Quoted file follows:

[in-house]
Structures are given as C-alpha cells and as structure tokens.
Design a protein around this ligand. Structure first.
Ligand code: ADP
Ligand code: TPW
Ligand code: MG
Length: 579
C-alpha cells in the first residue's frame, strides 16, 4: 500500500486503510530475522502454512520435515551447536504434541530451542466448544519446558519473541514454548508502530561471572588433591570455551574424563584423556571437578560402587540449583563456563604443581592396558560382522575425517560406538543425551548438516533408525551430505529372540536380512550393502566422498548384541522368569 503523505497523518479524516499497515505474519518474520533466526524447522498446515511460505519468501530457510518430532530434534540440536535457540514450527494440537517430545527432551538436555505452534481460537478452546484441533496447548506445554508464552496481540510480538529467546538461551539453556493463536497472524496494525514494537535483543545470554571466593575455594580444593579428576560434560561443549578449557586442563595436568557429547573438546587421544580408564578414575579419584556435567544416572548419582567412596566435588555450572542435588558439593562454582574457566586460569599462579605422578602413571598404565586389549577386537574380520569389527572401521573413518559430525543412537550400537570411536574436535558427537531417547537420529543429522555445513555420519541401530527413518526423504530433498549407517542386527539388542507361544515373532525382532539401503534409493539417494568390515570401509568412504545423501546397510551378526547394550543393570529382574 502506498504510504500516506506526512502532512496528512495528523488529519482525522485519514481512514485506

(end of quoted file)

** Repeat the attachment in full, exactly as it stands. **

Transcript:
[in-house]
Structures are given as C-alpha cells and as structure tokens.
Design a protein around this ligand. Structure first.
Ligand code: ADP
Ligand code: TPW
Ligand code: MG
Length: 579
C-alpha cells in the first residue's frame, strides 16, 4: 500500500486503510530475522502454512520435515551447536504434541530451542466448544519446558519473541514454548508502530561471572588433591570455551574424563584423556571437578560402587540449583563456563604443581592396558560382522575425517560406538543425551548438516533408525551430505529372540536380512550393502566422498548384541522368569 503523505497523518479524516499497515505474519518474520533466526524447522498446515511460505519468501530457510518430532530434534540440536535457540514450527494440537517430545527432551538436555505452534481460537478452546484441533496447548506445554508464552496481540510480538529467546538461551539453556493463536497472524496494525514494537535483543545470554571466593575455594580444593579428576560434560561443549578449557586442563595436568557429547573438546587421544580408564578414575579419584556435567544416572548419582567412596566435588555450572542435588558439593562454582574457566586460569599462579605422578602413571598404565586389549577386537574380520569389527572401521573413518559430525543412537550400537570411536574436535558427537531417547537420529543429522555445513555420519541401530527413518526423504530433498549407517542386527539388542507361544515373532525382532539401503534409493539417494568390515570401509568412504545423501546397510551378526547394550543393570529382574 502506498504510504500516506506526512502532512496528512495528523488529519482525522485519514481512514485506